Microsoft is working to help businesses remain protected from serious threats besides vulnerabilities. A new feature of Windows Defender will land in Windows 10 soon which will be aimed at protecting users from security and privacy breaches across endpoints and data thefts besides hack attacks.
According to Microsoft, Windows Defender will be able to use machine learning to improve the operating system's security capabilities. The new feature is called "Advanced Threat Protection" (ATP) and will protect Windows 10 devices by building a profile of how a computer behaves and harness the power of the cloud, going beyond simple signature-based malware protection to submit that big data to Microsoft for analysis. It will warn IT managers if a possible security breach is detected and provide administrators with the recommended steps to fix the issue.
In theory, this should improve the ability of Windows 10 to withstand attacks against exploited or undisclosed "zero-day" vulnerabilities, and social engineering attacks that take advantage of users making mistakes, costing organizations huge amounts of money.
According to Terry Myerson, who is the head of Microsoft's Windows and Devices Group, it takes around 200 days for an organization to find that it has suffered a security breach, plus an extra 80 days to fix the situation. Windows Defender ATP is designed to reduce this time by analyzing the data collected, so any unexpected or unusual system and network behavior and potential damage caused by it can be brought to attention of IT managers.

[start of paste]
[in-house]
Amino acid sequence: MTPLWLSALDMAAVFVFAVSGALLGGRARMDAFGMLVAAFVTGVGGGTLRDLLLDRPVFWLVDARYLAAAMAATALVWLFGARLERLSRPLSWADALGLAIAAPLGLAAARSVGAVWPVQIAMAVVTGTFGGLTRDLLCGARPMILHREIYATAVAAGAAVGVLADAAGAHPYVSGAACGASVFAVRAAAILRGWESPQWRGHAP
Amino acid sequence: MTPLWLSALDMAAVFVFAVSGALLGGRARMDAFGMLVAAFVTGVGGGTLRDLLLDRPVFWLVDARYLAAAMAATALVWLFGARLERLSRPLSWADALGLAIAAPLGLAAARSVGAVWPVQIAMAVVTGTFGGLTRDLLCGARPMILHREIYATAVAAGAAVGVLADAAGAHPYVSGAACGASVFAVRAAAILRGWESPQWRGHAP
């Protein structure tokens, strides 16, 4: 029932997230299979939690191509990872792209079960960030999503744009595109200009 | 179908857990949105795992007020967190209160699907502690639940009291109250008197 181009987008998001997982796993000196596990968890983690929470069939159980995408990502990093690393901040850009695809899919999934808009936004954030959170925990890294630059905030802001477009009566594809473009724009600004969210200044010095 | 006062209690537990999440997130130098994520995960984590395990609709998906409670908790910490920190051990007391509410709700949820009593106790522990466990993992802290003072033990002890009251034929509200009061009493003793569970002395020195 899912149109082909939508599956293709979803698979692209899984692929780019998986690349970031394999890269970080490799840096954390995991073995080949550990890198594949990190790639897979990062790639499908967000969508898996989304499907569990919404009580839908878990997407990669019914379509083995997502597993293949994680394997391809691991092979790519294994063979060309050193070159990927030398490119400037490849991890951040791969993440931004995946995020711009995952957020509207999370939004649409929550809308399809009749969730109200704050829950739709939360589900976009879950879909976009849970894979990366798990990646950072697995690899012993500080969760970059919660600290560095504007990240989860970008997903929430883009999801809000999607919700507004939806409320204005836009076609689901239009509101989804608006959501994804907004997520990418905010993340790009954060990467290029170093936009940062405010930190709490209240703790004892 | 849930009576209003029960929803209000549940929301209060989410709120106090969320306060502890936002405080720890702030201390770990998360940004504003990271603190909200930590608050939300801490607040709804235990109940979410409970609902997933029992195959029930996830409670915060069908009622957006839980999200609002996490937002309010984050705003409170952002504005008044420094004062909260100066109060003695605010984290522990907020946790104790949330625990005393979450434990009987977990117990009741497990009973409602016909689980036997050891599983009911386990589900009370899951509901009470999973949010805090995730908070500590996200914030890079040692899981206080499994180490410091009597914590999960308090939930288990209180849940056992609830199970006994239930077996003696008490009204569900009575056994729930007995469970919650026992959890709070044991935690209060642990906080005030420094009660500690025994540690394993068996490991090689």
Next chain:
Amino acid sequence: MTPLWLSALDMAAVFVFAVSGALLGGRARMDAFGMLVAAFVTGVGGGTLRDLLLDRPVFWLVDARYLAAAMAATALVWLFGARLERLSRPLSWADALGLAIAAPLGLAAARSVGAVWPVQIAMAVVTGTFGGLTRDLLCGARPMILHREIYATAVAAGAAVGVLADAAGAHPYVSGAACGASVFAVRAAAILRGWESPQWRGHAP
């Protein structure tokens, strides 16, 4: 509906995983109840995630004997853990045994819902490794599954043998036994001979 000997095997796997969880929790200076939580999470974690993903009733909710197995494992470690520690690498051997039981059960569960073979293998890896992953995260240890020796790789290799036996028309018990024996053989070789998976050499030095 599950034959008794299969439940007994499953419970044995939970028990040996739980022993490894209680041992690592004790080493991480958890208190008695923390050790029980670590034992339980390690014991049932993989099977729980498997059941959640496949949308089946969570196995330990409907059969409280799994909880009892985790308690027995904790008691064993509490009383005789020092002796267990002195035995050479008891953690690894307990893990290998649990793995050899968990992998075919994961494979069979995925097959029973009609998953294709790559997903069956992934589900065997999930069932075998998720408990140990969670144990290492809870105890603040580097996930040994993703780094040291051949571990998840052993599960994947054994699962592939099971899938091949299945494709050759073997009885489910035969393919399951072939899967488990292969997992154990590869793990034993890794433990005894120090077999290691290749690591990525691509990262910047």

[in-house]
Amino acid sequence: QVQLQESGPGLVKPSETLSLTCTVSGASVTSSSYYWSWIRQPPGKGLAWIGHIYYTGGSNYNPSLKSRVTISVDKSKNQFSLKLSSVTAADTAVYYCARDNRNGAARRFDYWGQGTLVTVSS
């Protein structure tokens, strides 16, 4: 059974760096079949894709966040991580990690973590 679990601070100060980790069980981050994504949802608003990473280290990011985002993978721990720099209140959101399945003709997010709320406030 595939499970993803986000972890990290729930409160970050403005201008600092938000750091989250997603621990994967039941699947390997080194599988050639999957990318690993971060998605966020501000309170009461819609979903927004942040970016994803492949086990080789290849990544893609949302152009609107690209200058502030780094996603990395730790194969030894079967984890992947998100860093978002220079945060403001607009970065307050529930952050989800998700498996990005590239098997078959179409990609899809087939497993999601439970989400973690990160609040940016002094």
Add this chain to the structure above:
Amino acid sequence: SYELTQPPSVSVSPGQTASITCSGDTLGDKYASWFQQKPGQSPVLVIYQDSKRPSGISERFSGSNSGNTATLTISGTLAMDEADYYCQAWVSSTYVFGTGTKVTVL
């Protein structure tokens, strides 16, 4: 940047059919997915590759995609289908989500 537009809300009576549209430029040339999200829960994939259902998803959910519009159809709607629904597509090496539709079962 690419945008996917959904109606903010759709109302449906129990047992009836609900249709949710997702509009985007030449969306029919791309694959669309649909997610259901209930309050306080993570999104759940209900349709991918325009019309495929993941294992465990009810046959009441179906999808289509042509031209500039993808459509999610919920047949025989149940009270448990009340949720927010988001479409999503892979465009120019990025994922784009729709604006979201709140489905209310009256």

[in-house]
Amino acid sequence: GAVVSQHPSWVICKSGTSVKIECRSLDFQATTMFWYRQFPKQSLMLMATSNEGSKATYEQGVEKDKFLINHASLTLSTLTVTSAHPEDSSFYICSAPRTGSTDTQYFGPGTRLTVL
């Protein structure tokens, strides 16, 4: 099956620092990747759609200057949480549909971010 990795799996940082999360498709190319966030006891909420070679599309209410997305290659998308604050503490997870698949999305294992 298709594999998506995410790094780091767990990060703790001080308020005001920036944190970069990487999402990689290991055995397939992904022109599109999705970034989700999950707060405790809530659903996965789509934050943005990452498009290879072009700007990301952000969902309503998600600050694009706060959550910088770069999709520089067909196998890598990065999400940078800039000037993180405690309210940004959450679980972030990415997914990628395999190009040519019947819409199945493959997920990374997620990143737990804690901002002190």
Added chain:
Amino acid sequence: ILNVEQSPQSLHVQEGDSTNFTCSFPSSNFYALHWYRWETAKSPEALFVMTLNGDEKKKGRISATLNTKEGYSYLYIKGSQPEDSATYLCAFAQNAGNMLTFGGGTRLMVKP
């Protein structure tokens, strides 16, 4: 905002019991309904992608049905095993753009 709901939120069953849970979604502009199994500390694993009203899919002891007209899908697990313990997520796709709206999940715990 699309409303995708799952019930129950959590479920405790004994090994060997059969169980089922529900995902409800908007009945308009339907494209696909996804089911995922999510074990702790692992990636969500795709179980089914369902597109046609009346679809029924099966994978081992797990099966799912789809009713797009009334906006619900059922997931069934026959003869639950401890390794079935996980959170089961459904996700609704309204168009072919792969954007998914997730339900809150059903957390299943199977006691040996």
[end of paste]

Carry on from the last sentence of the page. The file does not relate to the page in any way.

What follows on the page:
Under the hood of this feature are the same machine learning systems, security analytics and other capabilities that are used in Microsoft's intelligent security products like Advanced Threat Analytics and Office 365 Advanced Threat Protection.
Myerson said, that in the future they are considering adding more features like the ability to let administrators automatically quarantine potentially compromised devices.
Using Windows Defender ATP does require giving Microsoft access to usage data from all of the devices enrolled. Myerson said that all of the information will be acquired in a way that's not personally or organizationally identifiable, because it's important that the machine learning system behind ATP has access to as much data as possible. ATP builds an intelligent security graph by analyzing aggregate behaviors of big data across a very large number of Windows devices, indexed web addresses, online reputation look-ups, and suspicious files. ATP will also perform historical checks of processes, files, URLs and network connection events, going as far back as 6 months.
"We want to have that machine learning system getting as many of the right signals as possible," he said.
Companies which do not want to share their data with Microsoft will be able to exclude any or all devices from the Windows Defender ATP.
It is not clear when exactly this new security feature will reach the stable release of Windows 10. Myerson said that the company hasn't decided which versions of Windows 10 will get Windows Defender ATP, or what sort of business model will underpin it however since it is based on tools integrated into Windows 10 and supplemented by a cloud backend, it won't require costly infrastructure upgrades. Right now, it's in a private preview with a set number of organizations, securing about 500,000 devices. In the future, Microsoft will make it more broadly available to members of the Windows Insider Program, so they can provide feedback.
Once this is done, Windows Defender ATP will be rolled out to the public. Credits: PCWorld.
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